By Kevin Bogardus - 11/09/11 11:14 PM EST
Rep. Elijah Cummings (D-Md.) said Wednesday that Congress should back off its investigation of the National Labor Relations Board (NLRB).
In a letter Wednesday to Rep. Darrell Issa (R-Calif.), chairman of the House Committee on Oversight and Government Reform, Cummings said new documents released by the labor board show the agency came under undue pressure from Boeing and lawmakers before it filed its controversial complaint against the aerospace giant this year.
Consequently, the NLRB’s “ongoing legal proceeding should be allowed to take its full course without any further interference from members of Congress,” according to Cummings, the committee’s ranking member.
“These new documents, which the committee has now obtained, raise troubling new questions about whether Boeing inappropriately sought to use its political influence in Congress to prevent the NLRB from filing its enforcement action against the company,” Cummings wrote.
The documents in question are notes taken by Lafe Solomon, the NLRB’s acting general counsel, and other agency lawyers describing phone calls from Boeing’s attorneys and Sen. Lindsey Graham (R-S.C.) before the NLRB issued its complaint against the company on April 20. Graham told Solomon he would go after the agency “full guns a-blazing” if the NLRB issued its complaint against Boeing for allegedly retaliating against union workers, according to Solomon’s notes.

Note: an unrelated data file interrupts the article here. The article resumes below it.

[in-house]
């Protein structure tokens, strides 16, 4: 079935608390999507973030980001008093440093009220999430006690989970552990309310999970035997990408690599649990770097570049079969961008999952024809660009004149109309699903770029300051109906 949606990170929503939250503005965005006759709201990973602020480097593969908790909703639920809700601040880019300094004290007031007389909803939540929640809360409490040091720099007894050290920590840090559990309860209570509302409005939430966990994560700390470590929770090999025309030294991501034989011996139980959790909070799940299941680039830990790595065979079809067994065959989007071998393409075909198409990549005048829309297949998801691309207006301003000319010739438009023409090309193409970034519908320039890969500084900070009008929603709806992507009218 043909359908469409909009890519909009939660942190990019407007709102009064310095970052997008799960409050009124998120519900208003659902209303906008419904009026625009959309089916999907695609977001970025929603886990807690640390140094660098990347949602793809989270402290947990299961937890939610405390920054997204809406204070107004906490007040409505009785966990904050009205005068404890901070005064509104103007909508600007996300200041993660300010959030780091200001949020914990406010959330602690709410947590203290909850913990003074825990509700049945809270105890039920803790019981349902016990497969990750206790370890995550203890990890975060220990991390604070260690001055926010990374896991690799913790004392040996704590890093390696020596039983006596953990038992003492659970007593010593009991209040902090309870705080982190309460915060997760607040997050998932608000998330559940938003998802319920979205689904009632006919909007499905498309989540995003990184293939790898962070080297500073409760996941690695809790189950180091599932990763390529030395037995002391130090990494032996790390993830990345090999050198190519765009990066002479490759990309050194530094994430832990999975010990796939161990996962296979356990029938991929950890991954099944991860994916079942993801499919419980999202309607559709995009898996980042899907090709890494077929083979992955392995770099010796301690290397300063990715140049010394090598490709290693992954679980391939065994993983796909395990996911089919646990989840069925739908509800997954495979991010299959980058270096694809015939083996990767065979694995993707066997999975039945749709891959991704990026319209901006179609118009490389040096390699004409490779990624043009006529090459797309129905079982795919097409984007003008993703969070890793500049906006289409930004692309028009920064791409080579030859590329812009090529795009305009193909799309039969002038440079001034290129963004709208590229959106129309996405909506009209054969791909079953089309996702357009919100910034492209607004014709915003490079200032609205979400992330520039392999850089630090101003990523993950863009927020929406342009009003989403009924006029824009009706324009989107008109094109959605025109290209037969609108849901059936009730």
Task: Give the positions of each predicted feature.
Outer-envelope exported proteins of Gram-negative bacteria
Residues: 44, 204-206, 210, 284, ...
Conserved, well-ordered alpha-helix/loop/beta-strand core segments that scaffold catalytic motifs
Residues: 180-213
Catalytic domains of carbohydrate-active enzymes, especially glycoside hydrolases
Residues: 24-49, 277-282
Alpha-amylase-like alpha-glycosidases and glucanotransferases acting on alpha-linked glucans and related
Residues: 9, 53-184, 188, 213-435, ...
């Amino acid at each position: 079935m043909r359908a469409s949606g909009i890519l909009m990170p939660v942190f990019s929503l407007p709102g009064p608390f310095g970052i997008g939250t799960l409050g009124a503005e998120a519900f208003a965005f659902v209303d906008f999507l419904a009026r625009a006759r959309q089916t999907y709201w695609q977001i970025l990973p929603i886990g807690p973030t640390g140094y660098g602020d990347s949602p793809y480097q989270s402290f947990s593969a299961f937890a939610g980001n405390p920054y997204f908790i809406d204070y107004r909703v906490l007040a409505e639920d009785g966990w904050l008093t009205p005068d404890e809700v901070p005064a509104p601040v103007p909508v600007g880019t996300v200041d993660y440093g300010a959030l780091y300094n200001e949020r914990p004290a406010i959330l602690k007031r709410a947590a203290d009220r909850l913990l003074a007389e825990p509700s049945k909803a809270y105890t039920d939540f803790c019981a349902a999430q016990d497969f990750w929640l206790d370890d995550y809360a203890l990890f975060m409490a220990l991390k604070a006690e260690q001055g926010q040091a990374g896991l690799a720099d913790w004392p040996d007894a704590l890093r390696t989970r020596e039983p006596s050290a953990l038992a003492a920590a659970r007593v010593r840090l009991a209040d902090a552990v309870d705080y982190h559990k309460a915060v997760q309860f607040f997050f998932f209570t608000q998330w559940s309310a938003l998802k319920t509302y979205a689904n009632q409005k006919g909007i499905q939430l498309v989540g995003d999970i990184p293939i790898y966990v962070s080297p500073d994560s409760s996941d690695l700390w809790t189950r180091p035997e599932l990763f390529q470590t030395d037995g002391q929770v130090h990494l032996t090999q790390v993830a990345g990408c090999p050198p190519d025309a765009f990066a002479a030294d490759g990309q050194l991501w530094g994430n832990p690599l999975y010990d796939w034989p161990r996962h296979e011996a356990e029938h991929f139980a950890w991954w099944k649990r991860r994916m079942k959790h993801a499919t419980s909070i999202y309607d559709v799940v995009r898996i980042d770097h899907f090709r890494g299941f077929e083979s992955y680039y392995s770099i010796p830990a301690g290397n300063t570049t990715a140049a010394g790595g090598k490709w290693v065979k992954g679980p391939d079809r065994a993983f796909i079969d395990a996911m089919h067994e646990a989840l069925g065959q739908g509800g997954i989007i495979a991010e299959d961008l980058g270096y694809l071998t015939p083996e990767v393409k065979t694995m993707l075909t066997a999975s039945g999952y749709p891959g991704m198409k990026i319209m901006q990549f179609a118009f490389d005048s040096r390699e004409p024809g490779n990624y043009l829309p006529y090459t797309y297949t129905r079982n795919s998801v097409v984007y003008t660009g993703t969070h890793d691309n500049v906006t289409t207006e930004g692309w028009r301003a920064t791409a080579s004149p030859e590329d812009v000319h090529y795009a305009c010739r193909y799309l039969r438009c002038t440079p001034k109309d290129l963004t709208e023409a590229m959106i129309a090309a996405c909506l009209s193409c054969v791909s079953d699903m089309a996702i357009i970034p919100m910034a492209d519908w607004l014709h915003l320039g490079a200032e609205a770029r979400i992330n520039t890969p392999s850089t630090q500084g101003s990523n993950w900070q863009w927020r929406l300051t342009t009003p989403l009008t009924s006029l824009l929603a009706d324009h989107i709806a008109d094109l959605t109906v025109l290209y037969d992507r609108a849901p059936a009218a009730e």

Cummings contends that the committee he sits on has been used as part of Boeing’s effort to discredit the NLRB.
“Republican leadership in both the House and Senate have in fact fulfilled this threat to go ‘full guns a-blazing’ against the NLRB. In September, Republican leadership in the House passed legislation to retroactively strip the NLRB of its authority to address unlawful transfers and outsourcing, which is the remedy sought in the Boeing case,” Cummings wrote.
A spokeswoman for Issa dismissed Cummings’ request.
“Boeing’s very public opposition to NLRB’s job killing efforts is well-known and Ranking Member Cummings’ resistance to conducting needed and legitimate oversight has become cliché,” said Becca Watkins, the Issa spokeswoman.
The labor board filed its complaint against Boeing after it started a production line for its new 787 Dreamliner jet in South Carolina, a right-to-work state, after company executives said they worried about work stoppages delaying production at their unionized operations in the state of Washington. The NLRB alleged that was Boeing was illegally punishing its union workers.
Republican lawmakers have been outraged by the NLRB’s Boeing complaint. Several have threatened the labor board’s funding, promised to block nominations to the board and subpoenaed its documents. Issa have been aggressively investigating the NLRB from his committee post.